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Rental Basics in Milwaukee County : Real Estate Advice

  • All66
  • Local Info4
  • Home Buying30
  • Home Selling14
  • Market Conditions2

Activity 5
Wed Sep 26, 2012
Linda S. Cefalu answered:
It could be a single family that was converted to a duplex. Sometimes a home can be either. If you email me with the address, I'll be happy to look it up for you with a further explanation.

Hope that helps.
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Wed Jun 5, 2013
Troy Miller answered:

Depending on where your 4 bedroom is located I may have buyers interested in purchasing if you are also considering selling. My buyers need at least 4 bedrooms, 2 full baths and prefer the Tosa East school district.

Please feel free to contact me anytime if your home matches what my buyers are seeking.

Troy Miller, ABR, RNG
414-751-5110 (fax)
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Thu May 10, 2012 asked:
Tue Mar 6, 2012
Trulia asked:
What are some things to be aware of? What are some tips when negotiating a lease?
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Thu Oct 18, 2012
Don Tepper answered:
I'm not a lawyer, so this isn't legal advice. For that you need a lawyer. However . . .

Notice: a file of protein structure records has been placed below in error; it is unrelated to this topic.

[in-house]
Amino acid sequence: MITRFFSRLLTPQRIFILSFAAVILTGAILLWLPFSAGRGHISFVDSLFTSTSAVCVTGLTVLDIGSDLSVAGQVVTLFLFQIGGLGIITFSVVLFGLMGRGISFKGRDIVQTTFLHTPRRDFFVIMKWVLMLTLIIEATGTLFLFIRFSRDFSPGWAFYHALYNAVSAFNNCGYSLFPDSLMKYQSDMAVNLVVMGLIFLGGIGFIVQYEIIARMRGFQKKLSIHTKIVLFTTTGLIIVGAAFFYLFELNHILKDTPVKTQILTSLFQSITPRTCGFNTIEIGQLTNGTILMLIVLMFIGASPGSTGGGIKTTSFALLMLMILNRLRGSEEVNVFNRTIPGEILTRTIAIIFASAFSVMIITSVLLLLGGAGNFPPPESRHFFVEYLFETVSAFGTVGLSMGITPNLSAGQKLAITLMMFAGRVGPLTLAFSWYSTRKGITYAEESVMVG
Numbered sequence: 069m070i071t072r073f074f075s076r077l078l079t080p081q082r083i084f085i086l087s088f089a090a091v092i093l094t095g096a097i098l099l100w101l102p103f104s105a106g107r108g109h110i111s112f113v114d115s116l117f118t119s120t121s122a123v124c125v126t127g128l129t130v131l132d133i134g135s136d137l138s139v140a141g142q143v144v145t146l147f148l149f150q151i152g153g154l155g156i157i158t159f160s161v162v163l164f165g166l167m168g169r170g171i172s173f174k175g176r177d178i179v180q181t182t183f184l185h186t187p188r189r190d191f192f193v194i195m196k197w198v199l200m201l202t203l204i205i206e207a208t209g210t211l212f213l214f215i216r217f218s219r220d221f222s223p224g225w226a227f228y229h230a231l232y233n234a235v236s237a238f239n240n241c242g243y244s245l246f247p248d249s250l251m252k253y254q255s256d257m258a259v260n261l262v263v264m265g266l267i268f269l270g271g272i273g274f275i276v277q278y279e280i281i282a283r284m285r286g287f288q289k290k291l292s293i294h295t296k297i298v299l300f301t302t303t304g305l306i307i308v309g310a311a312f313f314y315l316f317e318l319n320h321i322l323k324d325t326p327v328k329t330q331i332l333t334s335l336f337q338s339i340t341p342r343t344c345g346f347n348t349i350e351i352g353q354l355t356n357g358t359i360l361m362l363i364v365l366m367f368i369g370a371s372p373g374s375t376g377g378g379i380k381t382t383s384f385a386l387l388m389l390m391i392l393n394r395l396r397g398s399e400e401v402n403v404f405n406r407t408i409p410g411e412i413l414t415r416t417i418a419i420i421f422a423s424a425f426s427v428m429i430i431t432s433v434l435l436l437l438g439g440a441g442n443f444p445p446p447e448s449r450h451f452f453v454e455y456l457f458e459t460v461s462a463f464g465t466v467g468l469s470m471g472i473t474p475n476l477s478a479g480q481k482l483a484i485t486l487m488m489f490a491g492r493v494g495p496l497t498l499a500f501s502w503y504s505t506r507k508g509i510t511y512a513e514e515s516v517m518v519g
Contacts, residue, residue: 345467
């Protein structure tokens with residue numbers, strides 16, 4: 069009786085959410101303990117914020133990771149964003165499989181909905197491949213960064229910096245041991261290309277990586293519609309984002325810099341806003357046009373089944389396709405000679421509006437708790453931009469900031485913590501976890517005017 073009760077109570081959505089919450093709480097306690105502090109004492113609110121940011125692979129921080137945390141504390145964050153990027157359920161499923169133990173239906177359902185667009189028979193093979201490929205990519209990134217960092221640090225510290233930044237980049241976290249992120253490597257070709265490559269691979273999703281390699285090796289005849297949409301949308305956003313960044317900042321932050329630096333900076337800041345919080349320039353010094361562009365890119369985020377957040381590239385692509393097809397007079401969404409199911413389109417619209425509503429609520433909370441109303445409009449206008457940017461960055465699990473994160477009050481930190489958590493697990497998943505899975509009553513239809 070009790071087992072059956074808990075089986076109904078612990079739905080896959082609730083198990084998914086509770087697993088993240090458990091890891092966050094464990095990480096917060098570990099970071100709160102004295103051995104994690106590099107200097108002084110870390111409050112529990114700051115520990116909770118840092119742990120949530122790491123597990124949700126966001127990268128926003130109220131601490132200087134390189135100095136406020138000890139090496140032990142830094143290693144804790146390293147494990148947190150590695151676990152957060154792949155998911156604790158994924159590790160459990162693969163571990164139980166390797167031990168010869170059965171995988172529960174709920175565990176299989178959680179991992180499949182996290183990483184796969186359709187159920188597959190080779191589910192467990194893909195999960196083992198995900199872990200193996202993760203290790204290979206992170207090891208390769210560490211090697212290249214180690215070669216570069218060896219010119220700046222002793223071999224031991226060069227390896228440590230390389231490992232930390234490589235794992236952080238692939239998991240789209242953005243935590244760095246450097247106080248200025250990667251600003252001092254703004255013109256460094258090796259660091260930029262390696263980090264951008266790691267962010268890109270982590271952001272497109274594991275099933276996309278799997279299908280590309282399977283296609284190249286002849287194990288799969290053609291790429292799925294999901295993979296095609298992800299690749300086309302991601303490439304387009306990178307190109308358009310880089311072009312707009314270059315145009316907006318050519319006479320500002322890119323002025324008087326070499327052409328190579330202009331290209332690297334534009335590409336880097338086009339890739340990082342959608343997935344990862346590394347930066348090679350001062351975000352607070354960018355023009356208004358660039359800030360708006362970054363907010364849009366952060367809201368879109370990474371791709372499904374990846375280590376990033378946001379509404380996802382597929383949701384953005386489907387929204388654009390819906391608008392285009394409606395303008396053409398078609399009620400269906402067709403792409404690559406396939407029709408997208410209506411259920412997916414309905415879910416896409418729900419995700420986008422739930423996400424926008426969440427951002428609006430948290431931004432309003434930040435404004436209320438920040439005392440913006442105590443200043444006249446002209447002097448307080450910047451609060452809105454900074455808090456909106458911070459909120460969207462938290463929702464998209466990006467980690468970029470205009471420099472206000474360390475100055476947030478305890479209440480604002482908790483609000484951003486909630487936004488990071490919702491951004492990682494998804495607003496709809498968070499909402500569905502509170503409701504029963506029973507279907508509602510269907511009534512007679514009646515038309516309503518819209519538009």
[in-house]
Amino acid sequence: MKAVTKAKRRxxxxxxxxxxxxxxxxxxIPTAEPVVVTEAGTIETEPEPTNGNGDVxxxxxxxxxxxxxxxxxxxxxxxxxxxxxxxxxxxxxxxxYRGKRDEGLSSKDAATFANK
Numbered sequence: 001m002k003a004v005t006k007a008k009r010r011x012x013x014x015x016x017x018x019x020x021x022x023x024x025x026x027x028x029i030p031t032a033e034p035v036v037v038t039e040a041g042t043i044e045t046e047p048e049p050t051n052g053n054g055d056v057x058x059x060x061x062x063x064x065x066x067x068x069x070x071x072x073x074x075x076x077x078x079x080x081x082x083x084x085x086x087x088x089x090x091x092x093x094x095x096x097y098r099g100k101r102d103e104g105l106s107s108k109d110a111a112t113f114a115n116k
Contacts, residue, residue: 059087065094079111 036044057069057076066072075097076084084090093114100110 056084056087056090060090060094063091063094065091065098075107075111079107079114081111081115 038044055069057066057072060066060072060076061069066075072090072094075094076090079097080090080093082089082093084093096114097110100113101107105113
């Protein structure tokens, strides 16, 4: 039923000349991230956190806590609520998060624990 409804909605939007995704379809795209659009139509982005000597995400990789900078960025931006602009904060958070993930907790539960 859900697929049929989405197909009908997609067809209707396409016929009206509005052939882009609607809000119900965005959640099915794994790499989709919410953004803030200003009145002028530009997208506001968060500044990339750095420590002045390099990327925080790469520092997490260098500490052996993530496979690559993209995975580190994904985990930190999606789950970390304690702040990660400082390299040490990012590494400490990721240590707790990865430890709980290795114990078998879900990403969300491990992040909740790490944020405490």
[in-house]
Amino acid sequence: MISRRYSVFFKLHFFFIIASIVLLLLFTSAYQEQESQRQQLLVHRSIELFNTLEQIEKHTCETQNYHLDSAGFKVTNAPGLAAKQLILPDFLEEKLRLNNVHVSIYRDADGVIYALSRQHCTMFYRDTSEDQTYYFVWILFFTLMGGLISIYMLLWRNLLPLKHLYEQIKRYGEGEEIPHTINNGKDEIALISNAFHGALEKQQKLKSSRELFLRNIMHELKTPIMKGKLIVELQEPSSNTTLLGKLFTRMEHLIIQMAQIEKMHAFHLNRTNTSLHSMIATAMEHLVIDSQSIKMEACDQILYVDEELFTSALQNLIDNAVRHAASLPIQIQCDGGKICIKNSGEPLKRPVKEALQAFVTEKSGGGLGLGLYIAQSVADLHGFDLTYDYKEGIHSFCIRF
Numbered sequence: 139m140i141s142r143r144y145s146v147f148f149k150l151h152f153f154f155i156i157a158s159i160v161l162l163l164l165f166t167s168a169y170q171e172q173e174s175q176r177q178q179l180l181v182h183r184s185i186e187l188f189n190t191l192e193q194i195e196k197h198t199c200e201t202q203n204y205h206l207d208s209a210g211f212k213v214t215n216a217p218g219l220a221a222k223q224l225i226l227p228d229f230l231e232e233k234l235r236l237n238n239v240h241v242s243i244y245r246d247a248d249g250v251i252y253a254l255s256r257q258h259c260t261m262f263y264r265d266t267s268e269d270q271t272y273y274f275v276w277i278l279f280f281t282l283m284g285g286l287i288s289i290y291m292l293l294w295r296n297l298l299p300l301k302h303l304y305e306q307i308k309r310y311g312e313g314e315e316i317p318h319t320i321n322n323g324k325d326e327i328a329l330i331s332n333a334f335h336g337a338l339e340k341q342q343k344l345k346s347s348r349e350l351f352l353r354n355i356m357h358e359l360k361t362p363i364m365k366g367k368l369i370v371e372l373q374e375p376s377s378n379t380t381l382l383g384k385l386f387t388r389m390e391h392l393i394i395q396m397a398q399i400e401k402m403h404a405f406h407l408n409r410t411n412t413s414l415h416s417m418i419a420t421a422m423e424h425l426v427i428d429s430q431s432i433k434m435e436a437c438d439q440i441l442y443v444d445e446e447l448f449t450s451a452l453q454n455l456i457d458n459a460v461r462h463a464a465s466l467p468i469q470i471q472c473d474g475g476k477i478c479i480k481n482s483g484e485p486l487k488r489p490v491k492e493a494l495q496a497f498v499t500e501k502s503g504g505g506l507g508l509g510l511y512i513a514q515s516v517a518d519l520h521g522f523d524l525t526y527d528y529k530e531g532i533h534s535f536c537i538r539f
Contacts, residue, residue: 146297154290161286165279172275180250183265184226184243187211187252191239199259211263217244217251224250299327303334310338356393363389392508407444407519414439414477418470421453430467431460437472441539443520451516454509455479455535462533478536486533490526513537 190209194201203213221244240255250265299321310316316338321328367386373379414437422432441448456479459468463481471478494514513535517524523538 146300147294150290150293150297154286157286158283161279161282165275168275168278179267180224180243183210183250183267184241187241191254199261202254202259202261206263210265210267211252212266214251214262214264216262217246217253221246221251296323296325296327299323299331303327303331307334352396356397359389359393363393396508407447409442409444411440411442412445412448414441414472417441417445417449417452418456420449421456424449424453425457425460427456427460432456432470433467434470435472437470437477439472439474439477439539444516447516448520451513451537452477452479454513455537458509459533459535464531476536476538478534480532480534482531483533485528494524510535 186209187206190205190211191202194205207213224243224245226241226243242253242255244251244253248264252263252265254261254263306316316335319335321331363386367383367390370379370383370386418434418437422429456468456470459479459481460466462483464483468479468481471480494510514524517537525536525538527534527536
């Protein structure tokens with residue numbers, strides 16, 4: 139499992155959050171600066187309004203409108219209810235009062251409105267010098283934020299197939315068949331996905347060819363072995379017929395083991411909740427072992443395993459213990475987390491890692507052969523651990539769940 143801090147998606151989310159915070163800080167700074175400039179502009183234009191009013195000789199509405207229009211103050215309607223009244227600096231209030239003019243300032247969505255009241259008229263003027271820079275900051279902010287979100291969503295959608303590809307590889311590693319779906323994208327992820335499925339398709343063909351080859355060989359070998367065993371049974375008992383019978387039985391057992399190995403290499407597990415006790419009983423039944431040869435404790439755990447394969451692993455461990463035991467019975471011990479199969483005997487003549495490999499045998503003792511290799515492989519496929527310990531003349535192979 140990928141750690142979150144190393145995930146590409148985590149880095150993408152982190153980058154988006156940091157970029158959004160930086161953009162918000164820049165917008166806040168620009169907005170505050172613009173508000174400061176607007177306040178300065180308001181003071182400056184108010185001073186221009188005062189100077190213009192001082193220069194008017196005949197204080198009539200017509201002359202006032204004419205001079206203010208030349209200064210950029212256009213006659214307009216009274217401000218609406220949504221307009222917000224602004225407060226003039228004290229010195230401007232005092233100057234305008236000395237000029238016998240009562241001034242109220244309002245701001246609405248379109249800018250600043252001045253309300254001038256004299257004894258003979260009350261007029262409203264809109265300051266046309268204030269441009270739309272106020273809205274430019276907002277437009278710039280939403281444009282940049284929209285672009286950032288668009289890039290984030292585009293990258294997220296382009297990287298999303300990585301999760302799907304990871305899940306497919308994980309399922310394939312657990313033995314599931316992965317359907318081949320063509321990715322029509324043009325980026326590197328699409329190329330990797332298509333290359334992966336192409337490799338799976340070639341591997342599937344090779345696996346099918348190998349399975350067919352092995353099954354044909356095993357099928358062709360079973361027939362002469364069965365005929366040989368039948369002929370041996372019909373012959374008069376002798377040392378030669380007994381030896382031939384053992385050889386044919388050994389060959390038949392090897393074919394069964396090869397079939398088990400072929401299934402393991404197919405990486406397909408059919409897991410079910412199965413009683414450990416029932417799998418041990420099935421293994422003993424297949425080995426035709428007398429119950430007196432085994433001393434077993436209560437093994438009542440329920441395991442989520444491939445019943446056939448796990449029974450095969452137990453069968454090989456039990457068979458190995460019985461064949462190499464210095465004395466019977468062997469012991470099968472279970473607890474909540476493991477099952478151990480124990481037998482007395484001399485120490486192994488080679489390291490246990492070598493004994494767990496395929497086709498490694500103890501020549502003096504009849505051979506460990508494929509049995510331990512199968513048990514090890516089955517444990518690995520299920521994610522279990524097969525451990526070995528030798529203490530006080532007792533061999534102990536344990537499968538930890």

It's likely the landlord is in breach of the lease. Your lease probably says something about the landlord maintaining a safe and habitable property. From your description, yours isn't. So--with a lawyer's guidance--you should be able to break your lease and get out of there.

As for the property damage the mold and moisture has caused, I'm not sure if renter's insurance would have covered it. (Side note: In any case, though, you should always have renter's insurance. In future properties, make sure you do.) However, I'd take the landlord to small claims court for the damages you've incurred.

I don't know the property but, from your description, it sounds as if the maintenance man probably is correct.

Good moving getting a building inspector out there. If the property is condemned, for instance, the landlord may discover that--as expensive as it may be--it's cheaper to fix the problem than lose the property.

As for suing the landlord for fraud: Check with a lawyer, but probably that isn't your best course of action. Anybody can sue anyone for anything, but the real question is whether you can win. And if so, is there anything to collect?

One of my favorite sayings is "Follow the money." In this case, follow the money. The money's coming in to the landlord from tenants such as yourself. Cut off the money--not just in your case by legally terminating the lease but in taking action (such as through the building inspector) to cut off any prospect for the landlord to generate income.

And again, see a lawyer.

Hope that helps.
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